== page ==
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A report’s prediction of large players entering the matter management and e-billing arena

The Aug. 2010 MarketView Report of Hyperion Research, “e-Billing and Matter Management Systems for Corporations,” includes a five-page history of those systems. It is a useful summary of where we are in 2011.

The comprehensive and detailed report foresees an integration of functions that currently operate from a variety of databases and other applications. The “solution footprint” that will bring together many of these functions they name “Enterprise Legal Management.” Of particular interest to me is a prediction that “as the ELM segment solidifies, we anticipate the entry of larger enterprise application vendors such as Oracle, SAP, Sage and Microsoft, as well as legal technology providers from other specialty areas.” Law department managers, they suggest, will continue to see a vibrant market at full competitive pitch.

Disclaimer: I know both founders and received a copy of the report at no cost.

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One response to “A report’s prediction of large players entering the matter management and e-billing arena”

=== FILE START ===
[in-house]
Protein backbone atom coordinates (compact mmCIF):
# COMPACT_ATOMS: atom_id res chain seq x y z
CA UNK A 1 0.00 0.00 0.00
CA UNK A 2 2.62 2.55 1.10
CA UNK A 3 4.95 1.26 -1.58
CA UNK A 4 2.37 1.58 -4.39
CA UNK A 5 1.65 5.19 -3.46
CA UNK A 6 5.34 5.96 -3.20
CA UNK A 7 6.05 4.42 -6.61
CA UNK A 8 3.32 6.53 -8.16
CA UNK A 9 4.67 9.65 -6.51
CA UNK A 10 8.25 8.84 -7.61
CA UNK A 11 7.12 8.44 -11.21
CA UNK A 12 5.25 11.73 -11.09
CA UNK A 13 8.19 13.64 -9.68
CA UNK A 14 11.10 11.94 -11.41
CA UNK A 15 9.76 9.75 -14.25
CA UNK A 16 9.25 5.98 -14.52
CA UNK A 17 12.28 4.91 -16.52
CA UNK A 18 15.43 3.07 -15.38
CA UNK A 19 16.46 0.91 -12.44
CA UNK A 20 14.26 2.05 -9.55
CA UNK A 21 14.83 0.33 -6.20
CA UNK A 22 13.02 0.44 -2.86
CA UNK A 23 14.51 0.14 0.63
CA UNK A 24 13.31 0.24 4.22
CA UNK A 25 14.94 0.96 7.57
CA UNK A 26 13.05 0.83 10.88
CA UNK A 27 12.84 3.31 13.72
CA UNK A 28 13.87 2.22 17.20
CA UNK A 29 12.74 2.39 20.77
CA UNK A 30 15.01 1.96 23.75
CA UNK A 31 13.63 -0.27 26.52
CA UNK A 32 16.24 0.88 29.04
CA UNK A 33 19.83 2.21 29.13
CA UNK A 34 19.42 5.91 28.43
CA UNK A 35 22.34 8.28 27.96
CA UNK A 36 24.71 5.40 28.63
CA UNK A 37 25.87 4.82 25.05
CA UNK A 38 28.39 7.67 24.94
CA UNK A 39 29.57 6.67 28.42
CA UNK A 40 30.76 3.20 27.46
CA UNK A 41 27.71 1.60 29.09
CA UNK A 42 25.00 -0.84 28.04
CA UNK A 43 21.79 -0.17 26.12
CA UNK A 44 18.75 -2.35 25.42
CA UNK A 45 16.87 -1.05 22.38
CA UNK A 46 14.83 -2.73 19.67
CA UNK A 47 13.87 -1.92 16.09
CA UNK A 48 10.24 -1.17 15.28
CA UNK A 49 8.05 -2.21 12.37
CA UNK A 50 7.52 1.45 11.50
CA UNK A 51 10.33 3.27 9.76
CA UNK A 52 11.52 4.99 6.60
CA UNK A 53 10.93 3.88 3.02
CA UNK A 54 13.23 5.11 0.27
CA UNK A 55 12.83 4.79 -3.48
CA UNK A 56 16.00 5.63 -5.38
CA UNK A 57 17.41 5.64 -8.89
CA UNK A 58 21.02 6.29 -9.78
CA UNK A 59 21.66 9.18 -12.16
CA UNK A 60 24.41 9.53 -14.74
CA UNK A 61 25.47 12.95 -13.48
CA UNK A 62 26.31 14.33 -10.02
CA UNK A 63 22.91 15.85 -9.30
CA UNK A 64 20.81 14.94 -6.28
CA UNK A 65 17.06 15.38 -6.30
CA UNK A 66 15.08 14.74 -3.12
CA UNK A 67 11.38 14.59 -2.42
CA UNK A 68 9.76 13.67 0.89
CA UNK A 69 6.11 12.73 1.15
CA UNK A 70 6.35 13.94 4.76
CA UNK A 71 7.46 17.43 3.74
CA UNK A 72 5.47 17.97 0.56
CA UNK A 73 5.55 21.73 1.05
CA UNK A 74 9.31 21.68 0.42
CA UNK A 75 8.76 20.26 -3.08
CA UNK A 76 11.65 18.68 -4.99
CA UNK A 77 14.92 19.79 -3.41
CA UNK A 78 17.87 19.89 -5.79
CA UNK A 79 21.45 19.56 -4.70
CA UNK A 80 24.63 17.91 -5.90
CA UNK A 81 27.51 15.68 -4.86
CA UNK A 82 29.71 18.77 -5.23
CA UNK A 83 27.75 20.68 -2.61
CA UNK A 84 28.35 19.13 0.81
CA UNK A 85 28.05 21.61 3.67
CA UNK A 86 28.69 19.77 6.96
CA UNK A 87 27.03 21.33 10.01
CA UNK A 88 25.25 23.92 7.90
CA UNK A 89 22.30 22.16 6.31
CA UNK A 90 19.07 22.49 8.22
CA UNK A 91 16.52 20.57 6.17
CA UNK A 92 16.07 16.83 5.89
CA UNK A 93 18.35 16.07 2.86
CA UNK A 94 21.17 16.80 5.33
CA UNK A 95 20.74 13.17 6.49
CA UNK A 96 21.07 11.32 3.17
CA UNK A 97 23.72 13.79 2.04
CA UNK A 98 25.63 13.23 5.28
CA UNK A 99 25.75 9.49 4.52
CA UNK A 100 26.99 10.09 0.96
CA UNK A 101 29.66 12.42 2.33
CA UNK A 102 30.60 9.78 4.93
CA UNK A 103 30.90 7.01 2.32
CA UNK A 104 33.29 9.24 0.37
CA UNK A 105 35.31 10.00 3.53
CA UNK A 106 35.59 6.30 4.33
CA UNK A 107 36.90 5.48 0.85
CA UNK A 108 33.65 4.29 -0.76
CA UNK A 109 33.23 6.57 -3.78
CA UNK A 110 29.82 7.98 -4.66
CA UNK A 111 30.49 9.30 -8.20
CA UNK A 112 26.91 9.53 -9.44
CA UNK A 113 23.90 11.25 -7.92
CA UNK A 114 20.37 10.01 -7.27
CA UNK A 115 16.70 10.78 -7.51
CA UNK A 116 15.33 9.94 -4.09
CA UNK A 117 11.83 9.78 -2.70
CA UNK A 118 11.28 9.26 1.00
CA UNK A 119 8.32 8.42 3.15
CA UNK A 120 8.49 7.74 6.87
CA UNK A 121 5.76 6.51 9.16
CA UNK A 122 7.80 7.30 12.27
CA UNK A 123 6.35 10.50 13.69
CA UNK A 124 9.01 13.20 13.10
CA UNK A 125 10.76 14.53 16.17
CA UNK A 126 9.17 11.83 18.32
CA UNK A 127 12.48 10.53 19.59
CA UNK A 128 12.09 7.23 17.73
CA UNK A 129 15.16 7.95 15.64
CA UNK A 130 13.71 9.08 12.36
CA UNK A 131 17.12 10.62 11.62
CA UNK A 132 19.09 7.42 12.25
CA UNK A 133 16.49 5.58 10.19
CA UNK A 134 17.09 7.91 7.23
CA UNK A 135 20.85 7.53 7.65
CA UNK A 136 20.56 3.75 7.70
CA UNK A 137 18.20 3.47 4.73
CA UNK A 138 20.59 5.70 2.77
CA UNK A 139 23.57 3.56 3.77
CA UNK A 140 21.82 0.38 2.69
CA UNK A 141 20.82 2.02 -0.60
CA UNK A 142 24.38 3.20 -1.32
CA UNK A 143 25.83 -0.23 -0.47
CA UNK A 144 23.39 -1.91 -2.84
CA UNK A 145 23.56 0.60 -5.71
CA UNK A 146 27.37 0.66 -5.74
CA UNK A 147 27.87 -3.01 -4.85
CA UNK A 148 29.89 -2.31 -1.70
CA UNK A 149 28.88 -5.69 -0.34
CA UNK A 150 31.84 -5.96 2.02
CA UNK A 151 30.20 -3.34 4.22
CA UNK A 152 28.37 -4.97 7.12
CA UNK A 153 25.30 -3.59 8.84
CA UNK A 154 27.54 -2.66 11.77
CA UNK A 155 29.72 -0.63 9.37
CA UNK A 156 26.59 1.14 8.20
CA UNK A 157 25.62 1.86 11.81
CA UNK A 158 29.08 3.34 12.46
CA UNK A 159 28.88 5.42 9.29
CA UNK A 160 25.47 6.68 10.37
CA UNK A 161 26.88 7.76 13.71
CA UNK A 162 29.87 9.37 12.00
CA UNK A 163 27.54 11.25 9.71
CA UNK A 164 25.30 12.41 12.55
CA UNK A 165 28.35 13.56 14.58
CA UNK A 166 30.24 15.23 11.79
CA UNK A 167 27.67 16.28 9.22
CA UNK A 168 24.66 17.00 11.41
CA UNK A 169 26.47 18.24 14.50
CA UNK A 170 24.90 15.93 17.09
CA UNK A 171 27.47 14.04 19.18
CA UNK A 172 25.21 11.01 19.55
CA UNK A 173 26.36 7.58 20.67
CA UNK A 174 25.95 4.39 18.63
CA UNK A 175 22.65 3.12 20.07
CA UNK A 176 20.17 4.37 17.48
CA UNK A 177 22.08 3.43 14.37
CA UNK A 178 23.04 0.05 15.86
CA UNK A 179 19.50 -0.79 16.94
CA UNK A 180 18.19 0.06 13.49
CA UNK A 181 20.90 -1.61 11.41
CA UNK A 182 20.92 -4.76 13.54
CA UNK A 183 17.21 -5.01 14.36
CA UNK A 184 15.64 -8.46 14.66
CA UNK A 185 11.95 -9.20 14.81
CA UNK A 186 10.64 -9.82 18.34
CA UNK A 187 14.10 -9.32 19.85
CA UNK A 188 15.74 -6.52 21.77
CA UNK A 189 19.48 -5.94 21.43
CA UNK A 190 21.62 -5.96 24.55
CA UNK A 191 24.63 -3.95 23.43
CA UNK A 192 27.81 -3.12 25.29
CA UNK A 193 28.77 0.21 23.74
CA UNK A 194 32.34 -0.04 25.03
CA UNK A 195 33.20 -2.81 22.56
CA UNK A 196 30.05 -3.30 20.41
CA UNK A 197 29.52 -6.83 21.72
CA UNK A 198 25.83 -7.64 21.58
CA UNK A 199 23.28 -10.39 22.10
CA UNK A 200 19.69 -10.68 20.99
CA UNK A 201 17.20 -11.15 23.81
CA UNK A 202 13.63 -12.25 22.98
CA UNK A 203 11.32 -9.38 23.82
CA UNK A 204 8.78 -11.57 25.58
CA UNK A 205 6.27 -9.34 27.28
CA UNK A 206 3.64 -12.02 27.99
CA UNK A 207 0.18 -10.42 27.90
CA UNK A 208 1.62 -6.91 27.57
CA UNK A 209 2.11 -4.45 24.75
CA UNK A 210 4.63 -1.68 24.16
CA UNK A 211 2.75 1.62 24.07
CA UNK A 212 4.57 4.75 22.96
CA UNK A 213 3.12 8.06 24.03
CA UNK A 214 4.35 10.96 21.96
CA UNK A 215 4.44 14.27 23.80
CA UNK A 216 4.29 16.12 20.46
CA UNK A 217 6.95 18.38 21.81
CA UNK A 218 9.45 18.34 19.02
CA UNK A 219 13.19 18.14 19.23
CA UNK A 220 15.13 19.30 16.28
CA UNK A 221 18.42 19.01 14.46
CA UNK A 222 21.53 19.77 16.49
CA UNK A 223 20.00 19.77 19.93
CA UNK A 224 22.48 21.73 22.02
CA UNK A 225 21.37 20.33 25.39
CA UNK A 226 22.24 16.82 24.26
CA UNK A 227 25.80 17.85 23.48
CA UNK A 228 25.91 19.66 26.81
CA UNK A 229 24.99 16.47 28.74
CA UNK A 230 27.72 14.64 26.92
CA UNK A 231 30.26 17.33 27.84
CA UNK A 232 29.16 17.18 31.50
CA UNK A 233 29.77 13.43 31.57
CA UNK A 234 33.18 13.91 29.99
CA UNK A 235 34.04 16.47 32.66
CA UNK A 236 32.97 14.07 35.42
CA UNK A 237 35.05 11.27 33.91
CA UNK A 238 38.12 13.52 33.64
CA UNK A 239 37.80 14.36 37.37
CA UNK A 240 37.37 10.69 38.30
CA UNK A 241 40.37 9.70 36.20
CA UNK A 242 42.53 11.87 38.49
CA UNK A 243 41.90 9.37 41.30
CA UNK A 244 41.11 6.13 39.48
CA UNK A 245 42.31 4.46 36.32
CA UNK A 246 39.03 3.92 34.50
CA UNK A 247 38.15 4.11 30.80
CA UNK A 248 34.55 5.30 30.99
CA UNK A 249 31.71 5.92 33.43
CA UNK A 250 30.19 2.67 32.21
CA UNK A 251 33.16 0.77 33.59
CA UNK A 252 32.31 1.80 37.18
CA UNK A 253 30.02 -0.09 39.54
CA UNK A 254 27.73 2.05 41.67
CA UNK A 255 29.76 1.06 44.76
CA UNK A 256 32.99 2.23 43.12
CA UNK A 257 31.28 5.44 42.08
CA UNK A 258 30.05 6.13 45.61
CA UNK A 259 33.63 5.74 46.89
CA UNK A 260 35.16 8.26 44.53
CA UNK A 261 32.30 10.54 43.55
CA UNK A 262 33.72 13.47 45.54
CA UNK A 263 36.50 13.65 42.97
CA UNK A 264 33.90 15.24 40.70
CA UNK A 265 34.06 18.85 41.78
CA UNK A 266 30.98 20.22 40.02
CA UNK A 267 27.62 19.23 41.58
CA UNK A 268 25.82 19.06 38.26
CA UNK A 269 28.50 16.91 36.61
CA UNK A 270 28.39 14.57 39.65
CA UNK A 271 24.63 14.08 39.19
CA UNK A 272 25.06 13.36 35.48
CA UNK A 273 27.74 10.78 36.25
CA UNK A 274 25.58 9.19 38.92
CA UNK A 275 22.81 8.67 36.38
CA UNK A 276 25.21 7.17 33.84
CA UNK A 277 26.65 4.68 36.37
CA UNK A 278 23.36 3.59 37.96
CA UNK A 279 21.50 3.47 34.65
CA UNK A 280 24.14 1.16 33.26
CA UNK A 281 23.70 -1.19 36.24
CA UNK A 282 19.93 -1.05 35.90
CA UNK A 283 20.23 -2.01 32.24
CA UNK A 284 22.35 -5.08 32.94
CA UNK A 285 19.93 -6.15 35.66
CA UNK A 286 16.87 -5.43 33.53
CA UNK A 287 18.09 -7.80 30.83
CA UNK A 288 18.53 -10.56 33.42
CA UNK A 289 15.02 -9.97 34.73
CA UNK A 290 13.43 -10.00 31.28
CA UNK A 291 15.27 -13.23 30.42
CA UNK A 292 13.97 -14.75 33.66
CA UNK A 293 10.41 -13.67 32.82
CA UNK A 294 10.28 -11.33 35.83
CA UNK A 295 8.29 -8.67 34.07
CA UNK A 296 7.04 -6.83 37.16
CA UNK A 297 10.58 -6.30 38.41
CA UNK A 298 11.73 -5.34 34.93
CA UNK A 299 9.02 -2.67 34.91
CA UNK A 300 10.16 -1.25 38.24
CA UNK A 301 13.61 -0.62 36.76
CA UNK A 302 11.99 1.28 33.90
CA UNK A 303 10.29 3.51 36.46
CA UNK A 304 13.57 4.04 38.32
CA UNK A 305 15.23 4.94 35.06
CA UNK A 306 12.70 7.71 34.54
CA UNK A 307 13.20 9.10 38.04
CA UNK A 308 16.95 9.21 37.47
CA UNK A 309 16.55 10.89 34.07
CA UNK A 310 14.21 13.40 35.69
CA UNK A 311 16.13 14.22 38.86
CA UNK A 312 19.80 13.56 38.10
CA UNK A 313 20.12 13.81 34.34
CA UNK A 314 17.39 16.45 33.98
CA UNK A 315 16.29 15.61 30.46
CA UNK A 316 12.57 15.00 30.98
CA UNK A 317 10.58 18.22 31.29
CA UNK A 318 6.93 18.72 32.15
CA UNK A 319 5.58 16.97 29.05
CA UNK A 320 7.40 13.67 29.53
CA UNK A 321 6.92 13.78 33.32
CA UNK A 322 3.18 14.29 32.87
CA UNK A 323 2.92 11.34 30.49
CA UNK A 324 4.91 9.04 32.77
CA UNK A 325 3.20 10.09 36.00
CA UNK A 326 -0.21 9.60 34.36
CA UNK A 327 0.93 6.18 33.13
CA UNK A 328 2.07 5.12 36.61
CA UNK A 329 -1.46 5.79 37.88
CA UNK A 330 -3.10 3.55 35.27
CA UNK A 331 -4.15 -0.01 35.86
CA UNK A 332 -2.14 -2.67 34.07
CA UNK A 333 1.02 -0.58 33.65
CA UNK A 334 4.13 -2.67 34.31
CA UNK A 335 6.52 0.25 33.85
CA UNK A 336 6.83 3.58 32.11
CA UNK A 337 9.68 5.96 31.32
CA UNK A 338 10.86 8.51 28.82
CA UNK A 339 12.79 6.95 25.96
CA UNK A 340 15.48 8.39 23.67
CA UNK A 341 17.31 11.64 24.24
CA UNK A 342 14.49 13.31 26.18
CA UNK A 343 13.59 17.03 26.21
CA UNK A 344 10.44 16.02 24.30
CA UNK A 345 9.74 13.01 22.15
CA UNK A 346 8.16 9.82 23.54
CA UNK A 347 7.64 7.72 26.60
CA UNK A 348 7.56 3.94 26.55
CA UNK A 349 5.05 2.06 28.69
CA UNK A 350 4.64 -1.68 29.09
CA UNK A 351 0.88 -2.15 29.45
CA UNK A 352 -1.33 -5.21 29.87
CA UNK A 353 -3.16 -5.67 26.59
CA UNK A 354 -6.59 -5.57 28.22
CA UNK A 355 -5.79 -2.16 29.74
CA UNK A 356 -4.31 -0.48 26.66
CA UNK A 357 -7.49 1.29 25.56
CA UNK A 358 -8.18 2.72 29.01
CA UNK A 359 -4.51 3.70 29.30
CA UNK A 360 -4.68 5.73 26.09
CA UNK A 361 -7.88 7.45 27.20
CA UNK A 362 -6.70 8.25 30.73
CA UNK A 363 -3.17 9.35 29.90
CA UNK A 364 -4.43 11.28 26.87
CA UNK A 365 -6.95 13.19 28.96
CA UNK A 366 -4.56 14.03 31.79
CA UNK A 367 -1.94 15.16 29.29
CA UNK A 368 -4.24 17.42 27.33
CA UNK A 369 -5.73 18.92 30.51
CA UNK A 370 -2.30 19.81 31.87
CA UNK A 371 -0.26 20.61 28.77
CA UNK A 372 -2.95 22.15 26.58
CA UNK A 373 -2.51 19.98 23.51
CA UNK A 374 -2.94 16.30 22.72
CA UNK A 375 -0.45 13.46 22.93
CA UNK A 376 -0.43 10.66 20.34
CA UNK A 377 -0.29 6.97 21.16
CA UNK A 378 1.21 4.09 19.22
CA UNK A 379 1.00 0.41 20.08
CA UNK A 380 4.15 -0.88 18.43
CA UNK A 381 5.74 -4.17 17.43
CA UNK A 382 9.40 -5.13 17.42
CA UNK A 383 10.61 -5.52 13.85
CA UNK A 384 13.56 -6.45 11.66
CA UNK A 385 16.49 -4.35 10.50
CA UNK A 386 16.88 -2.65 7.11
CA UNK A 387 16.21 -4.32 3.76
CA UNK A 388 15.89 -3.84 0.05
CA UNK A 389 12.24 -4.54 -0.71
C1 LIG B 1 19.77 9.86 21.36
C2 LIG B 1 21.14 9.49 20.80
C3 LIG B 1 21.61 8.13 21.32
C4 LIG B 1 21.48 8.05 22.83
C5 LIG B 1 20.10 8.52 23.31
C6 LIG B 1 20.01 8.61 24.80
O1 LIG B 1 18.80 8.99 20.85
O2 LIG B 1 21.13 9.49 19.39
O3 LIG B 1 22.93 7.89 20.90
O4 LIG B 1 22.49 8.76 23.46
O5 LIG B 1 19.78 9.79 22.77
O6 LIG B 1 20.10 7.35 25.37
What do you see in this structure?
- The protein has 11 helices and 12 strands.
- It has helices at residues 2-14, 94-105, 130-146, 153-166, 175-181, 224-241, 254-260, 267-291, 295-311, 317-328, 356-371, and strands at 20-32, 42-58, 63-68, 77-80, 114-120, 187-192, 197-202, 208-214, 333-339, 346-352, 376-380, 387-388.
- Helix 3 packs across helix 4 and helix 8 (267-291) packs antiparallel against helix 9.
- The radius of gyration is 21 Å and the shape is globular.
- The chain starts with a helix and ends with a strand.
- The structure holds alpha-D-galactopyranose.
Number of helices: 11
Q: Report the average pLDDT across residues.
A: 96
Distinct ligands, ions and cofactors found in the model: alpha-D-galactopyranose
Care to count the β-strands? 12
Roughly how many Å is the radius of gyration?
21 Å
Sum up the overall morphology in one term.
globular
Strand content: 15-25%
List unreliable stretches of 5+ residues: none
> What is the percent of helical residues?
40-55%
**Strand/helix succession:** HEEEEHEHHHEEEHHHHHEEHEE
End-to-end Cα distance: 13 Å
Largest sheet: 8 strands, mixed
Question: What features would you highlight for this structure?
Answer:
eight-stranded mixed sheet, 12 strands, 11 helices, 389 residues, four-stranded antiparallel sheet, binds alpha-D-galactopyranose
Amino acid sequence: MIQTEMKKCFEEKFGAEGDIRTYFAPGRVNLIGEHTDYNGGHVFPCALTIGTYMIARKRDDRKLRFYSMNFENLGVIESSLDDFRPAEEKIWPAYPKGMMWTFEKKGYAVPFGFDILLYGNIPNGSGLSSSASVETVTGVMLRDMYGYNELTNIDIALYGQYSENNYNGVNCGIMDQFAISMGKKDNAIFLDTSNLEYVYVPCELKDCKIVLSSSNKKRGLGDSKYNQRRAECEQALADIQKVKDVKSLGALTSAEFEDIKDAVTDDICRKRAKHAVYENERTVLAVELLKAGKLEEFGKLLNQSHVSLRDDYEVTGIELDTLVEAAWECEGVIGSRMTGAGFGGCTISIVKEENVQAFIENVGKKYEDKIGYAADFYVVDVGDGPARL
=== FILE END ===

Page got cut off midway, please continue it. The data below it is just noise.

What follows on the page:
1. RMH says:

    In-house law departments work with many law firms that employ various matter management systems. Similarly, law firms work with in-house law departments that employ various MMS. Given this potential web of heterogeneous MMS and many-to-many connections, both in-house law departments and law firms should demand open data format and communication protocols. In-house counsel, law firms, and their MMS vendors should coordinate with LEDES to continue to develop data format standards and to further provide web services standards. A potential basis for web services standards is a collection of Web Services Interoperability Organization ( profiles: Basic Profile, Attachments Profile, Simple SOAP Binding Profile and the Basic Security Profile. Most enterprise application vendors are already associated with WS-I so that should not be an issue.